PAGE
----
How Dogs Help Motivate Struggling Readers

How Dogs Help Motivate Struggling Readers

For elementary school teachers, developing students’ literacy is a primary goal. It is also no easy task. Studies have shown that helping struggling students become fluent readers becomes increasingly harder as students progress through the primary grades, and “children who do not learn to read effectively in primary grades are less likely to achieve full literacy” (Linder et al. 323). Moreover, in their paper, “Effects of an Animal-Assisted Intervention on Reading Skills and Attitudes in Second Grade Students,” authors Deborah Linder et al. explain that children who struggle with reading “often demonstrate negative feelings about reading at school,” exhibit less motivation to read, have low self-esteem, and often resist participating in classroom reading activities (323-324). In contrast, students with higher reading abilities have higher levels of academic success and more favorable attitudes about school (323).

For their study, Linder et al. investigated how partnering therapy dogs with second grade students affected those students’ literacy levels and attitudes about reading at school. They note that animal-assisted interventions have already been linked to numerous benefits for children, including “reducing anxiety, facilitating coping, and reducing discomfort in stressful situations” (324).

“The proposed mechanism behind this benefit is that dogs, due to their highly social, yet non-judgmental nature, can inspire confidence and provide a unique form of support for children learning to read” (324).

Twenty-eight second grade, public school students—all designated as average readers—participated in this 6-week long study. 14 students were assigned to the animal-assisted intervention group, and 14 students constituted the control group. Participants in the intervention group came to weekly 1-hour sessions directly after school, where they learned about their assigned therapy dog for 30 minutes and read aloud to that dog and the dog-handler team for 30 minutes (325). The control group completed only the standard classroom curriculum. All the participants (in both groups) completed literacy assessments at week 0, 2, 4, and 6. The students also answered questions about their attitudes towards reading at the beginning and the end of the study (325).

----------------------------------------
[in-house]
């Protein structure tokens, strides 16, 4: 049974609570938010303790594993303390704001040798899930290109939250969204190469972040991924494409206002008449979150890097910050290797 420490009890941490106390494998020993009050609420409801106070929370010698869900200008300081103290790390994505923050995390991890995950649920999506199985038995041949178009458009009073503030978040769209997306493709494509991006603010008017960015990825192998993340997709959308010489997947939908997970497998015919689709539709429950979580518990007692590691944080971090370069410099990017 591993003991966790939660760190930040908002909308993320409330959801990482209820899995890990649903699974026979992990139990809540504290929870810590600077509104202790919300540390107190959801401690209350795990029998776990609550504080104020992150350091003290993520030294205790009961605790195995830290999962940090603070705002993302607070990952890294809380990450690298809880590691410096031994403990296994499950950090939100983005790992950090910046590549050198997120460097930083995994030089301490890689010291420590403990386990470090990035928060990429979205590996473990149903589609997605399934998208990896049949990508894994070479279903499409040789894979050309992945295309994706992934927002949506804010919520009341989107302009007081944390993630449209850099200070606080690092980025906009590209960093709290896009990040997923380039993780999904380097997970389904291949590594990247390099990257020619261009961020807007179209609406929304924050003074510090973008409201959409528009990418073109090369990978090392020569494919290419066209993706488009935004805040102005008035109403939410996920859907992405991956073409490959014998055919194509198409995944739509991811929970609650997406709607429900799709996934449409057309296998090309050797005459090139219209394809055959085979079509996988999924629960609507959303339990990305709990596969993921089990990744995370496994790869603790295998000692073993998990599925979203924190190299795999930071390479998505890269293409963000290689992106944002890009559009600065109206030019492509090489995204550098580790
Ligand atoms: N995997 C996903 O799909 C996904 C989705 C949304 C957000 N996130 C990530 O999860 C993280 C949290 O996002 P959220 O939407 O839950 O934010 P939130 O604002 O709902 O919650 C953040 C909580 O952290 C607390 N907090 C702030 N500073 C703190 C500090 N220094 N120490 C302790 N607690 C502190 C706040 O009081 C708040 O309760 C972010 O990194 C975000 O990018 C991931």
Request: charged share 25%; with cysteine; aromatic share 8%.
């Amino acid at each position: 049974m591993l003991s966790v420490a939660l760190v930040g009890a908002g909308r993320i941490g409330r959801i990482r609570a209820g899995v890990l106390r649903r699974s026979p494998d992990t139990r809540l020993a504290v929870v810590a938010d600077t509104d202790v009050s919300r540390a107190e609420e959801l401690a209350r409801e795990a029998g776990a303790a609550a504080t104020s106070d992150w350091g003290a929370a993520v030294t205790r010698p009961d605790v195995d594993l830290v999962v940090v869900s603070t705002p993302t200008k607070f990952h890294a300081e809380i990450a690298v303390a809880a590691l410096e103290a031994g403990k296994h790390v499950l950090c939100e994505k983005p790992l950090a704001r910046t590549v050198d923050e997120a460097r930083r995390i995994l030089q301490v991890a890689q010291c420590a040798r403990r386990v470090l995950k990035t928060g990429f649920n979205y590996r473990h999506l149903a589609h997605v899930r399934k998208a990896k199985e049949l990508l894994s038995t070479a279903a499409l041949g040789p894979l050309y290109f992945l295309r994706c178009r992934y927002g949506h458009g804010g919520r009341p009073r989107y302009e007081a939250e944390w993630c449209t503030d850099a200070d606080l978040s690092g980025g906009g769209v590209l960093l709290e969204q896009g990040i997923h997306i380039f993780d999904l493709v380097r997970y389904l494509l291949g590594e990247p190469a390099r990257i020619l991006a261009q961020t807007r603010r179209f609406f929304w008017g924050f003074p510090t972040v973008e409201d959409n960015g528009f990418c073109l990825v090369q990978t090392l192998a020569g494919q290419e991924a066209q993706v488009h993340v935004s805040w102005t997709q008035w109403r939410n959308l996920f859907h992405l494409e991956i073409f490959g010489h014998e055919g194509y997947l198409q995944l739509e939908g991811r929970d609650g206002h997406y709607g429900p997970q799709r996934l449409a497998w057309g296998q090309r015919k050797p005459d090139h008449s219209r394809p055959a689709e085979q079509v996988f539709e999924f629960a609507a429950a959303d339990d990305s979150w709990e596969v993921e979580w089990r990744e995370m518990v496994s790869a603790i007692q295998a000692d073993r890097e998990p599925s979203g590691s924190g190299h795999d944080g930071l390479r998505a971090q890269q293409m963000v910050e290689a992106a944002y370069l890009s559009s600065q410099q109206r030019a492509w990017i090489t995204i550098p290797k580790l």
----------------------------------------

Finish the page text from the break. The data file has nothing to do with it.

The Findings:

    • All students in the intervention group reported that they enjoyed participating in the program with the therapy dogs (326).
    • There were no statistically significant changes in reading abilities for students in either group (control or intervention) over the 6 week period  (326).
    • Students in the control group had no changes in attitudes toward reading (326).
  • Students in the intervention group had significantly improved attitudes about academic reading at school (327).

Therapy dogs were associated with “positive views about reading in school and improved attitudes about academic reading” (327).

  • There were no changes in students’ attitudes about recreational reading outside of school for students in the intervention group (327).

Linder et al. remark that in order to help struggling readers, who often see reading as anxiety-ridden, low-stress environments are key. Therapy dogs are able to create such low-stress environments for students, as they provide “unconditional acceptance”—social support without judgement.

Paper Title:  Effects of an Animal-Assisted Intervention on Reading Skills and Attitudes in Second Grade Students

Authors: Deborah E. Linder, Megan K. Mueller, Debra M. Gibbs, Jean A. Alper, and Lisa M. Freeman (Tufts University)

Full Paper:

Published: Early Childhood Education Journal, Volume 46, Issue 3, 2018, Pages 323-329

Photograph: Thanks to Caleb Fisher on Unsplash

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